Taking a walk
I had forgotten about the signs with the colored dots that designate parking areas on campus. My own Denison parking pass, once a cerulean blue, has faded to pure white. I park at Mitchell Center and walk up the hill slowly—because, frankly, I also had forgotten how steep it is.
I live just 40 minutes away from Granville, but it has been nearly five years since I felt a need to return to Denison. What brings me back this day is my increasing passion to understand the value of education in America. I’m curious why some of us choose a liberal arts college, versus a large university or technical school. I know I’ll never understand every individual’s choice, but I’m hoping that coming back to Denison will shed some light on mine.
I make the trek down North Quad and over to Sunset Apartments, that much-coveted senior housing. I remember approaching graduation back in 2006, and while most of my friends were remorseful about leaving, I was itching to get out. I’d had enough of college. My friends, sorority sisters, even students I didn’t know, had become too familiar to me; it was like sharing a room with your sibling. Denison had prepared me for the next stage in life, and I was ready to go exploring.
After graduation, though, I found myself at a strange crossroads. I admit to being a little unsure of what my Denison education would bring me. I was told plenty of times that having a liberal arts degree was beneficial, yet many also challenged this notion. I found myself in an intellectual and emotional turmoil. Where did my liberal arts degree fit in?
I stroll through West Quad, pass Shorney Hall, and approach the Academic Quad.
Academics. I think about how we’ve come to judge our educational system too harshly and expect it to solve all of our problems. Yet, I think schooling has strayed away from its roots—providing a democratic education for its citizens. Society has created a union, a marriage of sorts, between the level of someone’s education and their economic value. Instead of being a service to all students and the community, education has become focused on accountability and being competitive in the “new global economy.” Is this all we want for our students, for our future citizens?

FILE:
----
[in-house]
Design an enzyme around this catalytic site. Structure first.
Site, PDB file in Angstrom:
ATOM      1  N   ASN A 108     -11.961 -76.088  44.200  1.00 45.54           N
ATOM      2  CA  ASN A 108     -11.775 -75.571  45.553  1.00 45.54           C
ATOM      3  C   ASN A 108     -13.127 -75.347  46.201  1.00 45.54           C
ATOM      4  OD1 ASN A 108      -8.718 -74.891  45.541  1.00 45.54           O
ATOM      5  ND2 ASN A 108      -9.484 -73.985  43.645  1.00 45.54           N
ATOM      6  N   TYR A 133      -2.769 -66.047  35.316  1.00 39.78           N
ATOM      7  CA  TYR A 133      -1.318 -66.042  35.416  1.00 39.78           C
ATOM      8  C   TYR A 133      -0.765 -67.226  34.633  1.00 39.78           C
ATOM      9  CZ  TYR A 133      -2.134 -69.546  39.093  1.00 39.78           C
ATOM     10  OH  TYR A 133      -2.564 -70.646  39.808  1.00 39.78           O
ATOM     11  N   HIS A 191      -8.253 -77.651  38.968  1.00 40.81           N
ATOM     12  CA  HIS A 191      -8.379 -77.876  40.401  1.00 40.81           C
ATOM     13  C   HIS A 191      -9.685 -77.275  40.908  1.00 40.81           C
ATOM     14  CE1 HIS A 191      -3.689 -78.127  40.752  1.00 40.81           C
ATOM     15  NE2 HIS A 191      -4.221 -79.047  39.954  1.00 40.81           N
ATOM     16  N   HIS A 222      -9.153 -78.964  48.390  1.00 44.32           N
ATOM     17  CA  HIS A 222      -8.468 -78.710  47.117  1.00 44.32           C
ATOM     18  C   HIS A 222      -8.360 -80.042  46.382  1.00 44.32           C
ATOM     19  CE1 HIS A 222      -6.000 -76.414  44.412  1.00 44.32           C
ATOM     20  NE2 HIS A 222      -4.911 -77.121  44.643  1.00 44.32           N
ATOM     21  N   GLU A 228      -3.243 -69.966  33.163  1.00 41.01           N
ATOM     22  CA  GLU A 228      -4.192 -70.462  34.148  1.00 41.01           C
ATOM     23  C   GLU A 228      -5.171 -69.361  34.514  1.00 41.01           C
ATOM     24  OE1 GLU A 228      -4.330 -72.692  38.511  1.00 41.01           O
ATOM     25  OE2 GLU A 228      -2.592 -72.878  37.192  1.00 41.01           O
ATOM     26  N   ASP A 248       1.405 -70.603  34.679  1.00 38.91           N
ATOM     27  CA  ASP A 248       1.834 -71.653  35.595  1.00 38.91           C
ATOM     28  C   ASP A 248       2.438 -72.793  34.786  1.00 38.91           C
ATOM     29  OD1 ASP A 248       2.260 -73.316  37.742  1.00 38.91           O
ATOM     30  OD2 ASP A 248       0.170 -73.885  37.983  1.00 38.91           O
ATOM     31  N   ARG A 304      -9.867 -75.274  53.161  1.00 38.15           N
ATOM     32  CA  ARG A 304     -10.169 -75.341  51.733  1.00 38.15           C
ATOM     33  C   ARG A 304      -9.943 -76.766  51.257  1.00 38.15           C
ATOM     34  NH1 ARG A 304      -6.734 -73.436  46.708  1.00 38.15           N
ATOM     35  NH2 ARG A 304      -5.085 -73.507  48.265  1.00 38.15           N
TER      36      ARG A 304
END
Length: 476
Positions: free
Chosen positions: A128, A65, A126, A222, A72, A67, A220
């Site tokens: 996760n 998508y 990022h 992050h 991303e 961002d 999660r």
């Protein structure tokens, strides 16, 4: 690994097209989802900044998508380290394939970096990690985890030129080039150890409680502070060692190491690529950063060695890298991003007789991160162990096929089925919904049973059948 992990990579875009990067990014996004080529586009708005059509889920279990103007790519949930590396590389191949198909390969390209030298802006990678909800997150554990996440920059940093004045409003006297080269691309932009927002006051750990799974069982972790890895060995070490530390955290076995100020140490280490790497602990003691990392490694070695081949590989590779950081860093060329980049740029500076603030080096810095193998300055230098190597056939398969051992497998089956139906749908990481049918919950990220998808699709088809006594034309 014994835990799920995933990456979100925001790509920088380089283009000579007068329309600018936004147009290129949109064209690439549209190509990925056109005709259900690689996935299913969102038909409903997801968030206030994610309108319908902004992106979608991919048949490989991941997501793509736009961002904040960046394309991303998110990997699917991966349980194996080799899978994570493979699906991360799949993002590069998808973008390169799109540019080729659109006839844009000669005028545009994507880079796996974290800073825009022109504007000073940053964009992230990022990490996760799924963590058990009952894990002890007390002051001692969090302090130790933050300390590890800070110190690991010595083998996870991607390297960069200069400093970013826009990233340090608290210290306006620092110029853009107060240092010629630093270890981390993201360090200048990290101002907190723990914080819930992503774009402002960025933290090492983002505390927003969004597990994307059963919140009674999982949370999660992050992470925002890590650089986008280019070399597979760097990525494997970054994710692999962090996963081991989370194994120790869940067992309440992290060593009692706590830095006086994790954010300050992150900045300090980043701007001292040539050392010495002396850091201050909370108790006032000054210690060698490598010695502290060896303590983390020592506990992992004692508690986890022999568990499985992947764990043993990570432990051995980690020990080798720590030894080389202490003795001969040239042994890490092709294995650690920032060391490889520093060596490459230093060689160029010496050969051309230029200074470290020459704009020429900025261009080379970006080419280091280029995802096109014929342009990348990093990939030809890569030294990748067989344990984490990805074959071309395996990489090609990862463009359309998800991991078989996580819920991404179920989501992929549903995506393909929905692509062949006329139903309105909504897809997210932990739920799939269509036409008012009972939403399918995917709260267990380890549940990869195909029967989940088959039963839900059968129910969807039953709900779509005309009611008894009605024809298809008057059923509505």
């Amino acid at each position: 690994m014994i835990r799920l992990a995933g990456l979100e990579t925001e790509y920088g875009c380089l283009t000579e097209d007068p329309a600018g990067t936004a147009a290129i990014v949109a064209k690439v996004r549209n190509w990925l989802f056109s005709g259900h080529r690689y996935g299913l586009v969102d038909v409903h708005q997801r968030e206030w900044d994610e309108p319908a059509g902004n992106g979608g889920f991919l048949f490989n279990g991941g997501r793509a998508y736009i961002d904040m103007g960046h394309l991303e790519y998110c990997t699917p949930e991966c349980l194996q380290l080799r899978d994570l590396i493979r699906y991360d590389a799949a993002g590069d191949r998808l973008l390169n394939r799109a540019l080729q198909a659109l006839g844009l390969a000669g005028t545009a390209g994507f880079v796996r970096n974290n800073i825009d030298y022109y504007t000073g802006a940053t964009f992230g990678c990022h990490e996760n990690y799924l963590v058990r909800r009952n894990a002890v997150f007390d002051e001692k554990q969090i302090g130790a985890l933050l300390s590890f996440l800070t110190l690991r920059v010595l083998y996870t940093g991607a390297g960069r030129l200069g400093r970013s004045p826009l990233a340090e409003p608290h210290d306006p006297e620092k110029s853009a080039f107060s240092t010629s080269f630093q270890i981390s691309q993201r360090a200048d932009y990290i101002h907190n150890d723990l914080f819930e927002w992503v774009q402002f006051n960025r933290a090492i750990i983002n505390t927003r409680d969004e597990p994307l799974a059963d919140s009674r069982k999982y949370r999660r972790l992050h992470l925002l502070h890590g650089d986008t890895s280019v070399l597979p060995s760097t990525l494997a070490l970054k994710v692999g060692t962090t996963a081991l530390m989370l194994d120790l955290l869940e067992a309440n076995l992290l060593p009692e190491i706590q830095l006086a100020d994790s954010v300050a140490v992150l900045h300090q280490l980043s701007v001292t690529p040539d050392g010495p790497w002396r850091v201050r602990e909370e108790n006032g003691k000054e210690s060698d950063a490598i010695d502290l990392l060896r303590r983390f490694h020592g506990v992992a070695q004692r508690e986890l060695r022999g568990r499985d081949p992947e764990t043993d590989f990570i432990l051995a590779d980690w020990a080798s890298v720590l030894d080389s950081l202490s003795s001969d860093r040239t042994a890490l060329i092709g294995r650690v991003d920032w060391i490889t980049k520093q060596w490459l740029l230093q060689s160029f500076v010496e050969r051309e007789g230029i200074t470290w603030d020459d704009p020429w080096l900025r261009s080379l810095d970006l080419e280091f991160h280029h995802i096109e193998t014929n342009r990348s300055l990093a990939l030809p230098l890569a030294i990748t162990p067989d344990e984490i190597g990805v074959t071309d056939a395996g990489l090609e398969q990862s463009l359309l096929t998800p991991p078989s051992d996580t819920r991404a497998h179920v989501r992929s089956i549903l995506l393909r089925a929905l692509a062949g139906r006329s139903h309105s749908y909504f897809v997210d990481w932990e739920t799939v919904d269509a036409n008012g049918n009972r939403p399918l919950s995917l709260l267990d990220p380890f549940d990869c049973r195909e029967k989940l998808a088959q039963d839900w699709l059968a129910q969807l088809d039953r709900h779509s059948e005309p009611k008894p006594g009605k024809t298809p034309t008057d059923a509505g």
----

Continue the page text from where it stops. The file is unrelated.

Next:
Sitting on the Denison library steps, I come to realize that my education means so much more than any job or post-graduate degree.
So what was it that made Denison different? In my four years here, Denison demonstrated a balance between developing the individual and enhancing the larger community. Here, education was a mix of life experience with classroom experience. The combination created what the college’s mission statement described as “transformative.”
And, indeed, looking back, it was. Whether through my experiences in an English seminar on haunted houses, or those during sorority recruitment, Denison was charged with developing me—the individual, and the community I lived in—to the best of its ability. And indeed, looking back, it did.
I leave the library, walk to East Quad and then back down to Piper Stadium and my car. Much has changed at Denison in those five years since I left campus. But Denison’s commitment to its community has not. Denison seeks to give its students the best education, intellectually and emotionally, always keeping in mind that its students would go into the world as citizens, ready to make a difference.
My experiences at a liberal arts college set me on the path I’m on today, but what I have also come to realize is that my experience is not unique, nor is it the path that is best for everyone. Education, no matter where it is from, is invaluable. But make no mistake, I believe education’s value lies not in degree you receive, or the job you land, or the graduate school you attend afterward. The value of education lies in what it does for individuals and the community.
Idealist that I am, I drive away from campus knowing that Denison offered me more than an opportunity to receive schooling. It gave me hope and possibility.
Shannon McLoughlin Morrison ’06 is pursuing a doctorate in philosophy of education at Ohio State University.